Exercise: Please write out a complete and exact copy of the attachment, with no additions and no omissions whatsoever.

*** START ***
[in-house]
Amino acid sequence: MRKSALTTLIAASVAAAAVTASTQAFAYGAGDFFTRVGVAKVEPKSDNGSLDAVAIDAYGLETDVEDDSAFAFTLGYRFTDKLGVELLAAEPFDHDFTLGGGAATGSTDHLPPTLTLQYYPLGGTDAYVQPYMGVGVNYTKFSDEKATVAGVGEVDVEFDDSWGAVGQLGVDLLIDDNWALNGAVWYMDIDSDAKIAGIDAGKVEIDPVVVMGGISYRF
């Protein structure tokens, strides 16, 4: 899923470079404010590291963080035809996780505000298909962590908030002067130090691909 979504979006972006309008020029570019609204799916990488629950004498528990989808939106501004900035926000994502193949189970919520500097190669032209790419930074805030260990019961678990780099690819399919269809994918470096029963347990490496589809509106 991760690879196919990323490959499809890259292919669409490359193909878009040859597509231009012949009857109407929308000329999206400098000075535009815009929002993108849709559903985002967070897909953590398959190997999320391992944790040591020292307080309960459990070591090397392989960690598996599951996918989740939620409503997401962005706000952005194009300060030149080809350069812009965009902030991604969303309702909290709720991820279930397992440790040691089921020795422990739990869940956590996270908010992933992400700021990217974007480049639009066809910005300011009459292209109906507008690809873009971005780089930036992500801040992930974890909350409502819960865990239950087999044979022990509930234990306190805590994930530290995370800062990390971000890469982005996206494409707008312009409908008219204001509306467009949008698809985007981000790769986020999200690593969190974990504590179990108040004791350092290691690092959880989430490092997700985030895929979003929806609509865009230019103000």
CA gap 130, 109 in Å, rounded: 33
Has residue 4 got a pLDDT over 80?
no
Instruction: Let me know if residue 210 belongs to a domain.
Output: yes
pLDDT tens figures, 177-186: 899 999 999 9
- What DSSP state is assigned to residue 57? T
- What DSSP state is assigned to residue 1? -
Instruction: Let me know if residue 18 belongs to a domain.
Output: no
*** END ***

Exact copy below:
[in-house]
Amino acid sequence: MRKSALTTLIAASVAAAAVTASTQAFAYGAGDFFTRVGVAKVEPKSDNGSLDAVAIDAYGLETDVEDDSAFAFTLGYRFTDKLGVELLAAEPFDHDFTLGGGAATGSTDHLPPTLTLQYYPLGGTDAYVQPYMGVGVNYTKFSDEKATVAGVGEVDVEFDDSWGAVGQLGVDLLIDDNWALNGAVWYMDIDSDAKIAGIDAGKVEIDPVVVMGGISYRF
């Protein structure tokens, strides 16, 4: 899923470079404010590291963080035809996780505000298909962590908030002067130090691909 979504979006972006309008020029570019609204799916990488629950004498528990989808939106501004900035926000994502193949189970919520500097190669032209790419930074805030260990019961678990780099690819399919269809994918470096029963347990490496589809509106 991760690879196919990323490959499809890259292919669409490359193909878009040859597509231009012949009857109407929308000329999206400098000075535009815009929002993108849709559903985002967070897909953590398959190997999320391992944790040591020292307080309960459990070591090397392989960690598996599951996918989740939620409503997401962005706000952005194009300060030149080809350069812009965009902030991604969303309702909290709720991820279930397992440790040691089921020795422990739990869940956590996270908010992933992400700021990217974007480049639009066809910005300011009459292209109906507008690809873009971005780089930036992500801040992930974890909350409502819960865990239950087999044979022990509930234990306190805590994930530290995370800062990390971000890469982005996206494409707008312009409908008219204001509306467009949008698809985007981000790769986020999200690593969190974990504590179990108040004791350092290691690092959880989430490092997700985030895929979003929806609509865009230019103000």
CA gap 130, 109 in Å, rounded: 33
Has residue 4 got a pLDDT over 80?
no
Instruction: Let me know if residue 210 belongs to a domain.
Output: yes
pLDDT tens figures, 177-186: 899 999 999 9
- What DSSP state is assigned to residue 57? T
- What DSSP state is assigned to residue 1? -
Instruction: Let me know if residue 18 belongs to a domain.
Output: no